Review: The Walking Dead – The Final Season: Take Us Back

Posted 4 years ago by Chris Moyse

This is the end, beautiful friend, the end…

And so, this is it. After four intense seasons, the series formerly known as Telltale’s The Walking Dead has reached its sombre climax. We have watched lead protagonist Clementine grow from a frightened child – having endured horrors no-one should ever have to experience – into a strong, confident young woman. Now the guardian of A.J., an angry and confused kid, Clementine’s life and lessons have led to this final stand in a dangerous and frightening world.

When Telltale’s The Walking Dead first launched back in 2012, its modern blending of “Choose Your Own Adventure” books, point-and-click games, and dramatic, TV-style storytelling earned critical praise, big bucks sales, and numerous Game of the Year awards. As we know, this then led to a huge catalogue of titles from the Californian developer, hit-and-miss affairs which would ultimately lead to the studio’s unfortunate demise in 2018, right in the middle of The Walking Dead’s fourth and final season.

Still, hope springs eternal, and the series, along with much of its team, were picked up by Skybound Games, who now present this final chapter of a tale seven years in the making. A tale that has seen Clementine meet, befriend, love, and even kill friend and foe alike. Clem has traveled a weary road, making difficult moral choices for herself and those around her, all whilst fighting for survival within a literal hell on Earth. You’ve come a long way, baby…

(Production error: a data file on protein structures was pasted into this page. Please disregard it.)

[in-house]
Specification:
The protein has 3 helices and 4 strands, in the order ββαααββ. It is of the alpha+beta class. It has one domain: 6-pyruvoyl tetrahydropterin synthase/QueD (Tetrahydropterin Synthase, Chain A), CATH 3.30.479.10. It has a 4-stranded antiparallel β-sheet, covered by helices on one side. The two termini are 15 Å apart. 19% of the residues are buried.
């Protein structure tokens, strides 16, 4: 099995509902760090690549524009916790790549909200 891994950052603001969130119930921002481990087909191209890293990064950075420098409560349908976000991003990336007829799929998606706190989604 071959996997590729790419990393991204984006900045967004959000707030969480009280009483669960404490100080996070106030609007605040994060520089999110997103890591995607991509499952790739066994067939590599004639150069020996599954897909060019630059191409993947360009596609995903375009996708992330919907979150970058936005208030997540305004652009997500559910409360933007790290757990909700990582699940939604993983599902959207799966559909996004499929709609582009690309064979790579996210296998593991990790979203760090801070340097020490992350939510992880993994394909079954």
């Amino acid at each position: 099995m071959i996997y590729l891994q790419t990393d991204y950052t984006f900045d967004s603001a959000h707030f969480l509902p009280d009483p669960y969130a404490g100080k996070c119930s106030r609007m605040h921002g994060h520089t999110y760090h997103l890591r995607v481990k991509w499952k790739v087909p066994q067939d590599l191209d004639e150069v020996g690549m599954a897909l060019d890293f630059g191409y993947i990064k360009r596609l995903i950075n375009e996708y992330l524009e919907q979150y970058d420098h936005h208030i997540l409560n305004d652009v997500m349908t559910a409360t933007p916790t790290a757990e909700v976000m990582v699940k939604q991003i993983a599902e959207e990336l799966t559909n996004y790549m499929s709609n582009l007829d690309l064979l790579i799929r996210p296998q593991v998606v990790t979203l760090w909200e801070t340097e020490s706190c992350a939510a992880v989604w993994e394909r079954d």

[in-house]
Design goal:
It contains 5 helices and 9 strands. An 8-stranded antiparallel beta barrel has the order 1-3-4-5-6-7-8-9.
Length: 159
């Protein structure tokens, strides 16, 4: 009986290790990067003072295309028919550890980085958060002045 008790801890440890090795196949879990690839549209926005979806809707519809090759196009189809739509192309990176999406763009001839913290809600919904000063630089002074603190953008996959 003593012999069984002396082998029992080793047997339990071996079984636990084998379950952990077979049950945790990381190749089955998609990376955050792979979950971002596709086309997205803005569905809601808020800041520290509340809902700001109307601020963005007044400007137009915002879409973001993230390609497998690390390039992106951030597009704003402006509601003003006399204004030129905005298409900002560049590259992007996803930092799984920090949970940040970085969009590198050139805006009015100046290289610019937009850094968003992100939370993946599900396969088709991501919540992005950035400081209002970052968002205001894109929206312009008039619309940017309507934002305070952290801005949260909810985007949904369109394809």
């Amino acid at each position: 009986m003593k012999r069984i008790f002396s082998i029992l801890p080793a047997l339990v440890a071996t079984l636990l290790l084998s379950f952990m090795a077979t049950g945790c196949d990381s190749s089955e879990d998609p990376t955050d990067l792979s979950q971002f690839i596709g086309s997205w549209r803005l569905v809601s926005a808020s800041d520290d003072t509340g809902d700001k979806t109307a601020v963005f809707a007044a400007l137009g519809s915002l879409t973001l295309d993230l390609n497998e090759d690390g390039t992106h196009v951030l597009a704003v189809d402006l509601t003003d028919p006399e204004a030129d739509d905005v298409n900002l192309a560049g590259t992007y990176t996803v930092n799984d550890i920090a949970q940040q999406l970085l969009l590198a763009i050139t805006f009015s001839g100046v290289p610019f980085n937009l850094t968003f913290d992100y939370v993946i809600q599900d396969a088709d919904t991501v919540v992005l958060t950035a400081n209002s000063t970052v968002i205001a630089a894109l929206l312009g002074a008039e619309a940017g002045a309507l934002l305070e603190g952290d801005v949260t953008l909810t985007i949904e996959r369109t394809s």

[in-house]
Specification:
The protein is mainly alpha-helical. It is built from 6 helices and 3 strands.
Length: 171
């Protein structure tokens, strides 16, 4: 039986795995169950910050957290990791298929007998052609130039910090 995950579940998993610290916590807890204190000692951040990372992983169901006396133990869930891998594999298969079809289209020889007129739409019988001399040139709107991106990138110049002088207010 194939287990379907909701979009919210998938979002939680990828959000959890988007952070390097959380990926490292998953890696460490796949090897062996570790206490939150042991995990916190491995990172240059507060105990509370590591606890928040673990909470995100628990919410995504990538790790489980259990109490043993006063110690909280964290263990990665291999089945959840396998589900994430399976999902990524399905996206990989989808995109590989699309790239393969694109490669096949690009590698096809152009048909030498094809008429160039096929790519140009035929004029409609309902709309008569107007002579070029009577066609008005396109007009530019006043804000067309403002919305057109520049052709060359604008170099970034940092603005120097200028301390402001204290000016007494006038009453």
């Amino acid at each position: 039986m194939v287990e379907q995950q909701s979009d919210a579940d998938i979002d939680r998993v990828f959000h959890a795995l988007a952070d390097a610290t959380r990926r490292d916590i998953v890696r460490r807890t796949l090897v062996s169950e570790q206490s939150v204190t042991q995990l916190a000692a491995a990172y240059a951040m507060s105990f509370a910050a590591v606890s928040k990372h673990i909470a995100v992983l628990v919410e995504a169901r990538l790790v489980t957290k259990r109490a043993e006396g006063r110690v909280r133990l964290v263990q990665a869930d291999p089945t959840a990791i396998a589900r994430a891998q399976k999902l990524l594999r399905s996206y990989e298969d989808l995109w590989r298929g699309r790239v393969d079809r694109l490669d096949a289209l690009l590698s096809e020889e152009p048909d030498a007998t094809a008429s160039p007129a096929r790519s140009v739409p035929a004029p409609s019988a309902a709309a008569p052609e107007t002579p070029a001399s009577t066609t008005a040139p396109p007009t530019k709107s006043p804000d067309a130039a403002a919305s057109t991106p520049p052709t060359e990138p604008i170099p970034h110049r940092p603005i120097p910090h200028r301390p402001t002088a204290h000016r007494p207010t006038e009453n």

The Walking Dead: The Final Season – Episode 4: Take Us Back (PC [reviewed], PS4, Xbox One, Nintendo Switch)
Developer: Skybound Games
Publisher: Skybound Games
Released: March 26, 2019
MSRP: $19.99/£18.99

[Minor Spoilers Below]

Picking up immediately from where we last left off, Clem, A.J., and pals are aboard a literal sinking ship, having botched a rescue mission on sociopath Lily and her gang of raiders. After this initial action sequence, the episode gives way to several tense verbal conflicts and some tough, but frustratingly obscure, choices.

Not long into the episode there begins a conversation with A.J. which, in theory, is the culmination of all you have taught the boy to date. Unfortunately, it’s structurally a mess, filled with random tidbits based on your past exploits and – much like the “How have you defined Joker?” hook of Batman: The Enemy Within – I was left feeling that all I had done previously to shape A.J. got thrown out for one question. A question so morally obscure that it’s difficult to take a line on it without situational context.

I don’t feel I failed A.J. as a guiding light in difficult circumstances, but I am left feeling that my meticulous guidance boiled down to one, maybe two choices, leaving me to deal with their heavily-weighted outcomes. Once again, the smoke and mirrors of the Telltale Games mechanic have left me feeling like I haven’t really had much control over events.